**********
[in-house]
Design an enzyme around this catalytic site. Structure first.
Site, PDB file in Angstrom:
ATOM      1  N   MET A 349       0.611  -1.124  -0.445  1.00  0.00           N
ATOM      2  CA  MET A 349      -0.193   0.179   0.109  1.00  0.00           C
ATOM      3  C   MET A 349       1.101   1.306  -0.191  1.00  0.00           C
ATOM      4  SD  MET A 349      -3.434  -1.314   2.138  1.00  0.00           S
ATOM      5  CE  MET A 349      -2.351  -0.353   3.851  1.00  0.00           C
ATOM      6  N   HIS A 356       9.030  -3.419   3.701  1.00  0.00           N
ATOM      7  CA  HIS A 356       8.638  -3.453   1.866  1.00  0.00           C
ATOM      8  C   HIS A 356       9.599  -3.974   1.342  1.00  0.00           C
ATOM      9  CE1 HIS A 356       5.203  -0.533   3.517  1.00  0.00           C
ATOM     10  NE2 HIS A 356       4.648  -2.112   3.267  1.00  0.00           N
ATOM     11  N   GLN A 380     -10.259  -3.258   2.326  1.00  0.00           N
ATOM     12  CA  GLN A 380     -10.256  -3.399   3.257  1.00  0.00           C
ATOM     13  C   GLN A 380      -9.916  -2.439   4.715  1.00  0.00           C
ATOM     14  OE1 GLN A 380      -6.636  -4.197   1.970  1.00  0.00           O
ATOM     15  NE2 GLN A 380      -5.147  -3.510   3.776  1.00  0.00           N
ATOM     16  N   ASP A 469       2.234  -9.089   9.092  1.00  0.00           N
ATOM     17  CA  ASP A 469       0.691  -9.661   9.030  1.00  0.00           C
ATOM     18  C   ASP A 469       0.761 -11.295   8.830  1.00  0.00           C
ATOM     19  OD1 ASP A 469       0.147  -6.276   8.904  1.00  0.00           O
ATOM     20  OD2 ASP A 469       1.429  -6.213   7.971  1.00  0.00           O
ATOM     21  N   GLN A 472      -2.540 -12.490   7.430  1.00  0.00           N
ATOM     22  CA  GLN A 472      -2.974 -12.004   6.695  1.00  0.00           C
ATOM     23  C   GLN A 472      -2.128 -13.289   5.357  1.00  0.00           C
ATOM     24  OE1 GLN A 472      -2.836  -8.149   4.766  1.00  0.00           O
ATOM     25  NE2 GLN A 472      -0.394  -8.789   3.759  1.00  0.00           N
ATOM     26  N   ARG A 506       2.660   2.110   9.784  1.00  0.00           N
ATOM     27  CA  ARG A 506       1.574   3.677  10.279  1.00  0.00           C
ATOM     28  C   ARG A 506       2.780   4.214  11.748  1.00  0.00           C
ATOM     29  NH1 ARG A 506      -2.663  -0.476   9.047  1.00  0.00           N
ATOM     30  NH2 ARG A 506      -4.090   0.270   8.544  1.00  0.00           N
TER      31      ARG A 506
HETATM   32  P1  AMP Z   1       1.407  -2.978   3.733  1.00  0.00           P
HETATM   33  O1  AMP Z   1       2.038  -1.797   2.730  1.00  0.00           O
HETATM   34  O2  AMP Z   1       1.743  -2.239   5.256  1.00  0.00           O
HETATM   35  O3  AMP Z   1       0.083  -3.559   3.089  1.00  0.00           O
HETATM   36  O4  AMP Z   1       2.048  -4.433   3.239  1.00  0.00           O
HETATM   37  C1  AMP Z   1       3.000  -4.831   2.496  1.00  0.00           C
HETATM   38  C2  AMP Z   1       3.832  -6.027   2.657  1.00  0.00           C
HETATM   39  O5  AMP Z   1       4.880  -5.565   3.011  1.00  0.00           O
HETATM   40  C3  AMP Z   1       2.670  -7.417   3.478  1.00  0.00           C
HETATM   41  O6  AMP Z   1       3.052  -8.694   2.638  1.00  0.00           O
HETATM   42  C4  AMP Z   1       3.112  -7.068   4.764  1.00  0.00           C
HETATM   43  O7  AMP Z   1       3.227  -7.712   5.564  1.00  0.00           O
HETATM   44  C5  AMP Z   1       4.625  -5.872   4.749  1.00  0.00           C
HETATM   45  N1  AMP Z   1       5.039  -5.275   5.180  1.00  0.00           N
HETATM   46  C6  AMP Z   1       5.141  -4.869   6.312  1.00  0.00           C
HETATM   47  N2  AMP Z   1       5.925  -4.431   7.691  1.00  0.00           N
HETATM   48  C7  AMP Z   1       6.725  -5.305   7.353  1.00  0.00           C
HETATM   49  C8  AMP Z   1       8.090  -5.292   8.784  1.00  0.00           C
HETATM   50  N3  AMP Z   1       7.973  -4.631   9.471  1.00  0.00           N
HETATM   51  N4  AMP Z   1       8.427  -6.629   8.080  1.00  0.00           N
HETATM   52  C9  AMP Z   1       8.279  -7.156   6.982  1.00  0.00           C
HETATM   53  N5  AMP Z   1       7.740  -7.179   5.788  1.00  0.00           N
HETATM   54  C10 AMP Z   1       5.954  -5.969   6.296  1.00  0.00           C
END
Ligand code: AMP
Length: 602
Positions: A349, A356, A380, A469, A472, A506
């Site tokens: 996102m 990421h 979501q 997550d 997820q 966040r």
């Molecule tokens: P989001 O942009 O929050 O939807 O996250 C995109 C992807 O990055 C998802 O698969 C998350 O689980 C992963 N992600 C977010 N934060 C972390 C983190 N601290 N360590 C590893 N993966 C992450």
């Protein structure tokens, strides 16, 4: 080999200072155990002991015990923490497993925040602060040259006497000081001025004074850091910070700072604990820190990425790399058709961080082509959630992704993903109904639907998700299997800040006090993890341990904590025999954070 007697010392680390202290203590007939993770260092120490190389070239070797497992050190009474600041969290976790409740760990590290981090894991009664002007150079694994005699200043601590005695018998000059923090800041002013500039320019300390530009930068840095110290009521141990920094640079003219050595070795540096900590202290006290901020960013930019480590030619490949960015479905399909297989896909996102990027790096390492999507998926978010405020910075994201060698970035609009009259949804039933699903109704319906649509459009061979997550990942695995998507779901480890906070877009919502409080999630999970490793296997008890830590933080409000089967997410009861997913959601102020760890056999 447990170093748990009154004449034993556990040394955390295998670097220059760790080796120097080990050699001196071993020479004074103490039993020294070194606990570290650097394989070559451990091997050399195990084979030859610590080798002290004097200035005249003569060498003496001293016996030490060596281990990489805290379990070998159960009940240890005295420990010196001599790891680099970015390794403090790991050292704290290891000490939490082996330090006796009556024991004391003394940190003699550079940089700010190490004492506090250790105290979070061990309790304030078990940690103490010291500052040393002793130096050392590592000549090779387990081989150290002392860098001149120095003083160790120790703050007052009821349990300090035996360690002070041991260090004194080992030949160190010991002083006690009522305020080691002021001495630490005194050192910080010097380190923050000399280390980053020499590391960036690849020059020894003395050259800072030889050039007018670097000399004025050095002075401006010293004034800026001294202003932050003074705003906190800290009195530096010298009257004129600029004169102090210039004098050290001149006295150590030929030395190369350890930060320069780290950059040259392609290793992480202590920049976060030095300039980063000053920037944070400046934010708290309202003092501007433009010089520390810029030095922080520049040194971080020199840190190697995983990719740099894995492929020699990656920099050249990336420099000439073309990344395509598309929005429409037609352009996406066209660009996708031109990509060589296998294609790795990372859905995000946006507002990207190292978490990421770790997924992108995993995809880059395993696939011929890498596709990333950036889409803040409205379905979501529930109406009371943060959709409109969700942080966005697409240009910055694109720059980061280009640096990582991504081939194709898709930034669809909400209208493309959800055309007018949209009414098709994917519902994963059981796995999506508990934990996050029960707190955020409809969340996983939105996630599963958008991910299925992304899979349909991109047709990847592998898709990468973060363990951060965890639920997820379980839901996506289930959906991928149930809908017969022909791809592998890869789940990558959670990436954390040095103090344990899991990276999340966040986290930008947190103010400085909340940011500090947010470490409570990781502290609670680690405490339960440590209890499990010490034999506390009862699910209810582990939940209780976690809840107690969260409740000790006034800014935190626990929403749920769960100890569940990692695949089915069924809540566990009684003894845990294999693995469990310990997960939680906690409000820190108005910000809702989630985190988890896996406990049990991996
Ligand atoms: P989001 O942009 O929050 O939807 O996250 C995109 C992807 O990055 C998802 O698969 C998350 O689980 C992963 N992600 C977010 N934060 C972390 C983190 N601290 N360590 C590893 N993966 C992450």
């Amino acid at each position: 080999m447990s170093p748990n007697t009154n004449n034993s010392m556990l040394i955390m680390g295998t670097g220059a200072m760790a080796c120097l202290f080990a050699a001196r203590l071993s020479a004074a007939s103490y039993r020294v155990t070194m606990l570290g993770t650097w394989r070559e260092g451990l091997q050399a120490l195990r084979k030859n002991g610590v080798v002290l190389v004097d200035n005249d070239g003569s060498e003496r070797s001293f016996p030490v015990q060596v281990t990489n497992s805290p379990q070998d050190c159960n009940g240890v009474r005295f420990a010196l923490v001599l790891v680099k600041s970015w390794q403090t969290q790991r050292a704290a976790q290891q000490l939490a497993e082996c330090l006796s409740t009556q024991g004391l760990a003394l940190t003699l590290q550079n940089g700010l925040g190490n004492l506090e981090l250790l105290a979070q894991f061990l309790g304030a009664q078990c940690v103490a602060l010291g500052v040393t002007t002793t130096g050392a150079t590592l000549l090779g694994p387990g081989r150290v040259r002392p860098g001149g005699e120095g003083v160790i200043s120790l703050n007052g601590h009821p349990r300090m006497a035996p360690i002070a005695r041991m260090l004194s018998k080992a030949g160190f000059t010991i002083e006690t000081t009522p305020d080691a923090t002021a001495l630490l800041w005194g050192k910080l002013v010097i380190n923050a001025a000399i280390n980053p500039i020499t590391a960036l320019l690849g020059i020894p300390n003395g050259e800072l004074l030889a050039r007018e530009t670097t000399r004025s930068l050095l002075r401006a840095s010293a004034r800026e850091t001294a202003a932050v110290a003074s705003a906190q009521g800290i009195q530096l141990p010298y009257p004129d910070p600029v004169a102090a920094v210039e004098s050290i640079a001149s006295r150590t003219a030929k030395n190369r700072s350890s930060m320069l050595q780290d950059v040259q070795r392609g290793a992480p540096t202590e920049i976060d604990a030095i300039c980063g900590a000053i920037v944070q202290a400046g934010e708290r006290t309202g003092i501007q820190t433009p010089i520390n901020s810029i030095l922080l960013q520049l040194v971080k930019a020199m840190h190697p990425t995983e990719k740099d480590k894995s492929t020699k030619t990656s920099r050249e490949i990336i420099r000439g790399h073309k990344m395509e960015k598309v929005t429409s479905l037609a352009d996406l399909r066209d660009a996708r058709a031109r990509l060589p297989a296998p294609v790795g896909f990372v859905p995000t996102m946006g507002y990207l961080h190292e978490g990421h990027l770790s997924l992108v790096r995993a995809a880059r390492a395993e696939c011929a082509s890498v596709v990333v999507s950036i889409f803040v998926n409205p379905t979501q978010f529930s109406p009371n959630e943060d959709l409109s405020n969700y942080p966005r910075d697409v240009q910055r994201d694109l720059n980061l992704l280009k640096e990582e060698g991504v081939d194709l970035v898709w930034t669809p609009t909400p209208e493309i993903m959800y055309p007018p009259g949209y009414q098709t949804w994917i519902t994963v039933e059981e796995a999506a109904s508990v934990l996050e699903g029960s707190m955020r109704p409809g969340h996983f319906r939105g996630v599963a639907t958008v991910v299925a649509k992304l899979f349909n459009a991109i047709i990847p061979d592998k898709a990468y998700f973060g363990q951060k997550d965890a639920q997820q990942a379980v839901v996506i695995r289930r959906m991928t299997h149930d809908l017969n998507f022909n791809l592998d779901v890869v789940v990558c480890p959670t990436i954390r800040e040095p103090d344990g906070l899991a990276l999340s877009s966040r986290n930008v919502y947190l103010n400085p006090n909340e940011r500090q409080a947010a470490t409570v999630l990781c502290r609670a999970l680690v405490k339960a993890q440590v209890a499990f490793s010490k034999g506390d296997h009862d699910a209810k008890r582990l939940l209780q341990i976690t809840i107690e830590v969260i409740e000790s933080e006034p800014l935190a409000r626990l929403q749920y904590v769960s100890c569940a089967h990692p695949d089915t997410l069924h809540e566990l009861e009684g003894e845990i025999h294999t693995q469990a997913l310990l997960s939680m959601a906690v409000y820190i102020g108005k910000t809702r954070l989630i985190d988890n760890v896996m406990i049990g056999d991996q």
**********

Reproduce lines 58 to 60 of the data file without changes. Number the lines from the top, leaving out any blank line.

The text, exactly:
END
Ligand code: AMP
Length: 602